The Art and History of Perfume:

Perfume, literally meaning “through smoke”, began as an art form in Ancient Egypt, developed further in Rome, Persia and East Asia. In keeping with ancient tradition, Taher & Sons aims to further perfume first and foremost as an exquisite art form.

Islamic culture encourages the use of perfume, as exemplified by the actions of Prophet Muhammad (P.B.U.H) himself. “The taking of a bath on Friday is compulsory for every male Muslim who has attained the age of puberty and the cleaning of his teeth with Miswaak (twig as toothbrush), and the using of perfume if is available.” (Ibn Umar, Book 13: Hadith 5)

Perfume is a form of tangible, personal art. Creating quality perfume requires precision and skilled technique, layering multiple primary scents and supporting notes used to create fragranced oil capable of transporting oneself wherever imagination runs.

After a truly spectacular fragrance oil is prepared, it is blended with ethyl alcohol and water, preserved in dark, cool containers to rest for several weeks. The longer the period of preservation, the longer the scent will linger. After the preservation period, the liquid mixtures are filtered through processing equipment to allow the solution to stabilize and remove any unwanted solid particles before it can be poured into a bottle that matches the delicacy, beauty and luxury of the perfume itself.

The Art and History of Incense:

Heat unlocks the beauty of incense, the vapours of which commingle with the air, filling space with scents of comfort and warmth. Incense has been used for centuries for reasons including religion and culture, air purification, and even aromatherapy.

The Chinese use Agarwood (chénxiāng) and Sandalwood (tánxiāng) incenses in their religious ceremonies. In the Arab world, Bakhoor, wood chips soaked in essential oils, is a commonly used incense providing rich, smoky aroma to homes and clothes whenever burned. Truly excellent incense is the expert combination of aromatic plant materials occurring in nature, and essential oils (attars).

Incenses are usually burned either directly or indirectly; indirect burning requires a source of heat to the incense’s container for the incense to burn beautifully satisfying smoke. Direct burning incense can be burned directly by a flame. The typical Arabic incense (Bakhoor) is always burned on charcoal. The Bakhoor along with the charcoal is usually placed in an incense burner known as Mabkhara.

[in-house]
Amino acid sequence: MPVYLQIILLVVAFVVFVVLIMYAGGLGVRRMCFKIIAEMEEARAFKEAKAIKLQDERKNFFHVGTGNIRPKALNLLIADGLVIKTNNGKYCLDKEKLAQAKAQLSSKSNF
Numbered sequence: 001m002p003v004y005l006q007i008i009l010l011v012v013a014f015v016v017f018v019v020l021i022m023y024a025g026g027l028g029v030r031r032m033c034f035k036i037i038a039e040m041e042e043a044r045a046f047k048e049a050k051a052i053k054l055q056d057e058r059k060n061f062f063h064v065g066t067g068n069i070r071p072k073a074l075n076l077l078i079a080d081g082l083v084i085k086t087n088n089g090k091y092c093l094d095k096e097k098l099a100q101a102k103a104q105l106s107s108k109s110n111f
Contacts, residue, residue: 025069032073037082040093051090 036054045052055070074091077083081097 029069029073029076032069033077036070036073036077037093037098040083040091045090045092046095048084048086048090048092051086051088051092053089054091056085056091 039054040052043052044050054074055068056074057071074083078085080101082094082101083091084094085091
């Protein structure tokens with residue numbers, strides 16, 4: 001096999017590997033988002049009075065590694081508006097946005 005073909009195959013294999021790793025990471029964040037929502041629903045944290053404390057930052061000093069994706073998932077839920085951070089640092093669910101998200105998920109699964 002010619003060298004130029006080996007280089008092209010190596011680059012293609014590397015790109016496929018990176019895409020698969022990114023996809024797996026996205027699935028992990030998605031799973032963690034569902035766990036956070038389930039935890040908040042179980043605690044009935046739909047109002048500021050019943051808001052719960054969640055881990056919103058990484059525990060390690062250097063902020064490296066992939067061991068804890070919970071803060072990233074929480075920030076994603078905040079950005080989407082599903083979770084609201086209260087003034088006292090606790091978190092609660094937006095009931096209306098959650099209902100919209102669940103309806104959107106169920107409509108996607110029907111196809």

The Art and History of Attar (Essential Oil):

Attar, or essential oil, is the foundational element of any perfume; it is the oil base that gives a perfume its unique scent. Historically, oils were extracted from vegetables, plants and animals, using a tool known as “degs” for distillation. Today, attar is mainly extracted from botanical sources by either steam or hydro-distillation.

Extracted oils are left to age on different wood bases, such as sandalwood, and the aging process can take anywhere from one to ten years, or even longer, depending on the desired concentration of essential oil. Attars are 100% alcohol-free, and are thus organic substances that do not damage delicate clothing and sensitive skin.

The Art and History of Oud (Agarwood):

Oud has a unique smell uncommon in nature, and is also known as agarwood, aloe’s wood, gaharu or jinko. Oud has gained worldwide popularity owing to its cultural and religious significance, as well as its inimitable scent of luxury and opulence. Before being used as a fragrance, oud was used as medicine in ancient times.

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